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AGO 1962 No. 103 - March 21, 1962
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John J. O'Connell | 1957-1968 | Attorney General of Washington


DISTRICTS ‑- SCHOOLS ‑- INSURANCE POLICIES ‑- COMPETITIVE BIDS.

 School districts may, but are not required to advertise for bids under chapter 224, Laws of 1961 (RCW 28.58.135), when purchasing public liability or fire insurance policies even though the anticipated premiums may exceed $2500.

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                                                                  March 21, 1962

Honorable Elmer W. Stanley
Executive Secretary
Washington State School
Directors Association
201 Capitol Park Building
Olympia, Washington

                                                                                                              Cite as:  AGO 61-62 No. 103

 Dear Sir:

            By letter previously acknowledged, you requested an opinion of this office on several questions which have arisen concerning the interpretation of § 1, chapter 224, Laws of 1961 (RCW 28.58.135).  Specifically, you desired to know:

            "1. Must a school district, purchasing fire insurance, obtain bids on that insurance if it is anticipated that the premium will be more than $2500?

            "2. If the answer to question 1 is 'Yes' and a district, to effect economies in purchasing, buys three 3-year policies (one expiring each year on a staggered term basis) and the premium for any one expiring policy comes to less than $2500 but the sum of the premium for all three contracts is more than $2500, then must the district obtain bids on each contract?

            "3. Must school districts purchasing liability insurance obtain bids on those liability contracts if they develop an annual premium in excess of $2500?"

            We answer questions 1 and 3 in the negative, thereby rendering unnecessary any answer to question 2.

             [[Orig. Op. Page 2]]

                                                                     ANALYSIS

            During its last session, our legislature passed chapter 224, Laws of 1961, which relates generally to the requirement that school districts follow certain competitive bidding requirements in the operation, administration and maintenance of the public schools.  See AGO 61-62 No. 83 [[to Prosecuting Attorney, Spokane County on December 14, 1961]].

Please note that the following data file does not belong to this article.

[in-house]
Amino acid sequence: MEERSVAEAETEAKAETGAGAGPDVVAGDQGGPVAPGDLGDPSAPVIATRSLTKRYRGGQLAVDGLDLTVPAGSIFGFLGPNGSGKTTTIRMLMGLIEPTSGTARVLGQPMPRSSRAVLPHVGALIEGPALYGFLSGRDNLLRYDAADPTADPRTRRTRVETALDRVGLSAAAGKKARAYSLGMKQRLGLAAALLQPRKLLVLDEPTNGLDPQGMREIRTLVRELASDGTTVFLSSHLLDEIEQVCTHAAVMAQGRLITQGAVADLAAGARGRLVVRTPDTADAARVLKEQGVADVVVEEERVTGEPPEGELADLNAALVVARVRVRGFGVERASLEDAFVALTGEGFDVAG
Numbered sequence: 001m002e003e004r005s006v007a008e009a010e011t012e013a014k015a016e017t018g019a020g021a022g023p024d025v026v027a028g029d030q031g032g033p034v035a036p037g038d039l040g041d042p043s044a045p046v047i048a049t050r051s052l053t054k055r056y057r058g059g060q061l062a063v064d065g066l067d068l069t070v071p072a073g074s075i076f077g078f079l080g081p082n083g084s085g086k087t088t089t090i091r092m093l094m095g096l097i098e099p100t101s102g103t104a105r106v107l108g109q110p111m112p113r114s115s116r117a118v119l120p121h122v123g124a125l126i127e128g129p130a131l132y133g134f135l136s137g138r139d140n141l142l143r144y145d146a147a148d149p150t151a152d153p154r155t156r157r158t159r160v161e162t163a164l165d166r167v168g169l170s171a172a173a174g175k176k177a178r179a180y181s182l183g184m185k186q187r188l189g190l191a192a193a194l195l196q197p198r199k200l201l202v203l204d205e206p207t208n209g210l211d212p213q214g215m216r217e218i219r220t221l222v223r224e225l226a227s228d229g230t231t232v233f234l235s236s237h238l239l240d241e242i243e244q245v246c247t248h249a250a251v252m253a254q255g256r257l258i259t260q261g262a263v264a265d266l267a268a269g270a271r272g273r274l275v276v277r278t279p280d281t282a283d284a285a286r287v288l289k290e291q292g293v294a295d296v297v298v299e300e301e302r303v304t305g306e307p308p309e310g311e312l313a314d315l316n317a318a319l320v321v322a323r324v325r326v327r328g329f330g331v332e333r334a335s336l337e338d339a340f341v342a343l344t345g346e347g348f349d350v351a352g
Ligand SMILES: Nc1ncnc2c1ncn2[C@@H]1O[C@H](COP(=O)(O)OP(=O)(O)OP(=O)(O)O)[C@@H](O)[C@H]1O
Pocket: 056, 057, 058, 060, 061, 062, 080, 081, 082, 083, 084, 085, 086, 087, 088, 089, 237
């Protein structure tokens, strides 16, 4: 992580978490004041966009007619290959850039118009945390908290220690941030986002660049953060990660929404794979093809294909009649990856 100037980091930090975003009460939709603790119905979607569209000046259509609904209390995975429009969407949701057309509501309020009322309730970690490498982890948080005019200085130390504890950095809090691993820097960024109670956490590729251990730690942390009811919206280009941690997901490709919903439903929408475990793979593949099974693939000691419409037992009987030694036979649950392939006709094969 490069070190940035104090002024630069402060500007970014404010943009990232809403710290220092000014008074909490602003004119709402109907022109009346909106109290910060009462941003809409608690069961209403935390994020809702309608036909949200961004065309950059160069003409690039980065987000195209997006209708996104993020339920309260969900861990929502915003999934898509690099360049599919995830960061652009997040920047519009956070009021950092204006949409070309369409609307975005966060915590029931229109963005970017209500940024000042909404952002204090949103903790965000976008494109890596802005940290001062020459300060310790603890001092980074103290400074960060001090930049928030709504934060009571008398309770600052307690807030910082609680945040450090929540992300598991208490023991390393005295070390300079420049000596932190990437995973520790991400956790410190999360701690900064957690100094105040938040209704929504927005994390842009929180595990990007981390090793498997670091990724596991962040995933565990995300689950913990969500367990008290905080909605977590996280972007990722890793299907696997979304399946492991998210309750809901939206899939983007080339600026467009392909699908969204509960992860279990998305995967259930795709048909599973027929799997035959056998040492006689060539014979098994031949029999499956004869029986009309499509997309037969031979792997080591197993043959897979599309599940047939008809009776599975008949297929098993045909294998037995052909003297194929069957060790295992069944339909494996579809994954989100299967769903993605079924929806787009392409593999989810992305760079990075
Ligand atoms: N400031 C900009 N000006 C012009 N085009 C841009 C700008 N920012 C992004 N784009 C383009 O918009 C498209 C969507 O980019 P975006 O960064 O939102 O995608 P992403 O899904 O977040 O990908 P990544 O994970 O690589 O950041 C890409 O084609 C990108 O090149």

Section 1, chapter 224, Laws of 1961, reads as follows:

            "When, in the opinion of the board of directors of any school district, the cost of any furniture, supplies, equipment, building, improvements or repairs,or other work or purchases will equal or exceed the sum of twenty-five hundred dollars, complete plans and specifications for such work or purchases shall be prepared and notice by publication given in at least one newspaper of general circulation within the district, once each week for two consecutive weeks, of the intention to receive bids therefor and that specifications and other information may be examined at the office of the board:  PROVIDED, That the board may without giving such notice make improvements or repairs to the property of the district through the shop and repair department of such district when the total of such improvements or repair do not exceed the sum of two thousand five hundred dollars.  The bids shall be in writing and shall be opened and read in public on the date and in the place named in the notice and after being opened shall be filed for public inspection.  The contract for the work or purchase shall be awarded to the lowest responsible bidder as defined in RCW 43.19.1911.  Any or all bids may be rejected for good cause.  On any work or purchase of more than five hundred dollars, the board shall provide bidding information to any qualified bidder or his agent, requesting it in person, and if more than one supplier is available, it shall seek competitive bidding in such manner as it deems in the best interests of the district.